Last Thursday marked 99 years since the second of two plebiscites that finally settled the infamous ‘Schleswig–Holstein Question’. Lord Palmerston, the Victorian prime minister, captured the question’s difficulty: “Only three people have ever really understood the Schleswig-Holstein business—the Prince Consort, who is dead—a German professor, who has gone mad—and I, who have forgotten all about it.”
What might he make of the ‘Brexit Question’? There was certainly plenty to baffle the curious onlooker last week. First, MPs roundly rejected the prime minister’s deal – again. The Commons then voted against leaving the EU without a deal (albeit in a non-binding vote). Two amendments proposing long delays to Article 50 were voted down. And yet the week was only half-done. The following day, MPs rejected a second-referendum amendment; a proposal for Parliament to take control of the legislative agenda (which lost by a mere two votes), and a Labour amendment calling for a Brexit delay to enable a different approach. A government motion, however, was passed to extend the Brexit process.
In terms of drama, this was Westminster’s very own Theatre of the Absurd. One Brexit minister who had resigned over Theresa May’s Brexit deal now voted in favour. The current Brexit secretary told the House to vote with the government on its Brexit-delay amendment, only to then vote against it himself. Members of the Cabinet and Shadow Cabinet both defied their party whips but remained in post – and yet claimed that collective responsibility remained a reality. Ignoring Einstein’s definition of insanity – trying the same thing over and over again but expecting different results – the prime minister concluded that the best reaction to the fourth-largest government loss in parliamentary history was to hold… a third vote. Crazier still, some think she might win it.
Amid such political mayhem, it is worth casting an eye back to the apparently humdrum realities of economic and financial life. After all, three years of political cul-de-sacs hasn’t been such a bad time to be invested in the UK.
“Odd as it may seem, the period of huge political uncertainty and slower economic growth triggered by the referendum result has been a pretty good time to invest in UK-listed companies,” said Phil Woodcock, Head of Investment Communications at St. James’s Place. “Despite higher volatility, the FTSE 100 is up some 14% since the eve of the referendum. Even the FTSE 250, which is far more exposed to the UK economy, has risen by more than 12%.”
The FTSE 100 enjoyed a strong week, even as sterling rose (the latter, on the belief that a no-deal outcome had become more unlikely). Yet if history is any guide, the UK equity market may yet have far to go.
“The UK equity market remains undervalued in historical terms,” said Neil Dobson of Invesco Asset Management. “Once there is a Brexit deal – a divorce agreement – and greater clarity, we expect that valuation gap to narrow.”
And what of the economy? Last week’s Spring Statement by the chancellor was overshadowed by Brexit but contained good news. Growth forecasts for 2018 were cut from 1.6% to 1.2%, but public borrowing is set to fall to 1.1% of GDP, and the Treasury forecasts the creation of 600,000 new jobs by 2023. The chancellor pledged a ‘deal dividend’ of public spending post-Brexit, enabled by much-improved public finances – he should have more than £26 billion in slack, rather than the £15 billion mentioned in the Budget last October.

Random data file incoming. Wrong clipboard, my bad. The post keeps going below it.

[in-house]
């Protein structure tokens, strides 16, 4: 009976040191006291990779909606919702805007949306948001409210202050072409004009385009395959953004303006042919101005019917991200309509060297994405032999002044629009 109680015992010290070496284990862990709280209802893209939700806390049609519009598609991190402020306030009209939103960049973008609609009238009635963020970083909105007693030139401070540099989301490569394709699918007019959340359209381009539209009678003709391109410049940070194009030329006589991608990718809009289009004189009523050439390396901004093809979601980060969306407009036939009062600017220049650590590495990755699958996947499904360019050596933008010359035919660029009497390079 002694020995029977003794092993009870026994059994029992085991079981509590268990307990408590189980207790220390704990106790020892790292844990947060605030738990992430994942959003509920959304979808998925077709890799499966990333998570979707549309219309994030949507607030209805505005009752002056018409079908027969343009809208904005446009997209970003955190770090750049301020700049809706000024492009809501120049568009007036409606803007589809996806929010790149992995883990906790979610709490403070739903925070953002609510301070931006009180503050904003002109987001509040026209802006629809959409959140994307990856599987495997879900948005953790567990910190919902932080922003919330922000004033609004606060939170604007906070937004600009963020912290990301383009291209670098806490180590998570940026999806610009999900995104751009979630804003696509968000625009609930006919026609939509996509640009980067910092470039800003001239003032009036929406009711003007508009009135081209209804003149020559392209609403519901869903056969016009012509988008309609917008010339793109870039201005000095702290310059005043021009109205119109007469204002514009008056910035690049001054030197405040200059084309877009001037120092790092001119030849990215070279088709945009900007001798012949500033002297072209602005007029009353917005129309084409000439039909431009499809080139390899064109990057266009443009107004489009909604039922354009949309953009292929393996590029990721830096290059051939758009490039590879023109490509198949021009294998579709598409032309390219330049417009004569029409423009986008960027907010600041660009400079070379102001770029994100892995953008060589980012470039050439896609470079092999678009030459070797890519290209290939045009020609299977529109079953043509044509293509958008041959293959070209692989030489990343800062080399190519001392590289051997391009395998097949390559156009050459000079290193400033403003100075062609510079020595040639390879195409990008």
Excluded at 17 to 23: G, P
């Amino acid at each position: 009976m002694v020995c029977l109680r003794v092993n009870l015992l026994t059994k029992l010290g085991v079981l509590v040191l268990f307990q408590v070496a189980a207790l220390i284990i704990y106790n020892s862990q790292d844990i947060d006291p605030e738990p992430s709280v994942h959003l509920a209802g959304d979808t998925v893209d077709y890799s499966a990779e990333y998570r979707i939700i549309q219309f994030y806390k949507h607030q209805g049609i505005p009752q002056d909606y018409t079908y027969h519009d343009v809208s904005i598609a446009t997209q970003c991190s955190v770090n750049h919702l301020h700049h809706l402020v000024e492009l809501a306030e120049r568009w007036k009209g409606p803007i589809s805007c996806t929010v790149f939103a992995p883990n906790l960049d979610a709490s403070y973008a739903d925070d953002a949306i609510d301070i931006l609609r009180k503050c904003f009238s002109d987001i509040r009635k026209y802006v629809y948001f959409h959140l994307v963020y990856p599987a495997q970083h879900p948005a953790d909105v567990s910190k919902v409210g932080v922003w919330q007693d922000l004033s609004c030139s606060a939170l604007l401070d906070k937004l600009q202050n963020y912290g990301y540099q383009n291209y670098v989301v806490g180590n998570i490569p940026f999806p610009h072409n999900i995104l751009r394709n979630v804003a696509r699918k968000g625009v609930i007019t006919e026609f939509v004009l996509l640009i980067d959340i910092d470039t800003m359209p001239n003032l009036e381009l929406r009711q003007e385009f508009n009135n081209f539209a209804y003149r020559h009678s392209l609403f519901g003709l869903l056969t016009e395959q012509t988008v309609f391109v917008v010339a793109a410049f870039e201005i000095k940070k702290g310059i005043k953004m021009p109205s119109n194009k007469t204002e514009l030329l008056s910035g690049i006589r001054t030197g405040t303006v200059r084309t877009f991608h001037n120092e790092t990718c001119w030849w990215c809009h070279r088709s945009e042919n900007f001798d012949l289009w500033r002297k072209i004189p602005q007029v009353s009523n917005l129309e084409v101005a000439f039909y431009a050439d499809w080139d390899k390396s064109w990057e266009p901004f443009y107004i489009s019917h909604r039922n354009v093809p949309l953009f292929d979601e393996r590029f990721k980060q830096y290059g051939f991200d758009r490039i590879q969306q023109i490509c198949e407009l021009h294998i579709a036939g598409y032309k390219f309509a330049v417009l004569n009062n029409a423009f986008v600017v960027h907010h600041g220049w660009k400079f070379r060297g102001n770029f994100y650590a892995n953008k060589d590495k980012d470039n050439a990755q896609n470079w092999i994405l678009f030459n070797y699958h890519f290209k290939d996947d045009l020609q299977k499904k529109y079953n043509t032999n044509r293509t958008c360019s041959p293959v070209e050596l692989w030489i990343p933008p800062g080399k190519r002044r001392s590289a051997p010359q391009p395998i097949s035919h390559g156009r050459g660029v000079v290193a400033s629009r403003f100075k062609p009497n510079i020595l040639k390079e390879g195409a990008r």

“The key point, though, is that despite the huge amount of political uncertainty, the economy is holding up well,” said Capital Economics. “The news that GDP rose by 0.2% in the three months to January and by 1.2% over the past year means the UK is growing at a faster rate than Germany, France, Italy and Japan.”
Conversely, growth figures among major EU economies offer a mixed picture. Germany’s latest figures mean it has only narrowly avoided a manufacturing recession. In theory, slowing growth could yet help populist parties at European Parliament elections in May, although some believe the experience of Brexit may keep populist euroscepticism in check.
“One perceived risk of the elections is a further rise in populist support, but I don’t see that having a disruptive influence,” said Ken Hsia of Investec, manager of the St. James’s Place Continental European fund. “After all, no politician will want to put themselves through what Theresa May has been through, which is why I believe further fragmentation of the EU is off the agenda for now.”
The EURO STOXX 50 enjoyed a strong week, as did major indices around the world: the TOPIX index in Japan and S&P 500 both enjoyed gains; the Shanghai Composite rose more marginally. In the US, technology stocks led the rally, which survived news of weak US inflation and retail sales, and the tragic crash of a Boeing 737 MAX 8 in Ethiopia. Boeing saw its largest single-day drop on markets since 2001, although it was already recovering on Friday. At the end of January, it announced especially strong earnings.
“We have held Boeing in the fund since February 2018,” said Mark Baribeau of Jennison Associates, co-manager of the St. James’s Place Balanced Managed fund. “Until the black box analysis is completed, the cause cannot be ascertained… [and] the financial ramifications… cannot be credibly quantified. We continue to have conviction in Boeing’s strong brand, market position, long-term order backlog, and balance sheet. We are estimating double-digit operating cash flow growth over the next several years.”
Invesco, Investec and Jennison are fund managers for St. James’s Place.
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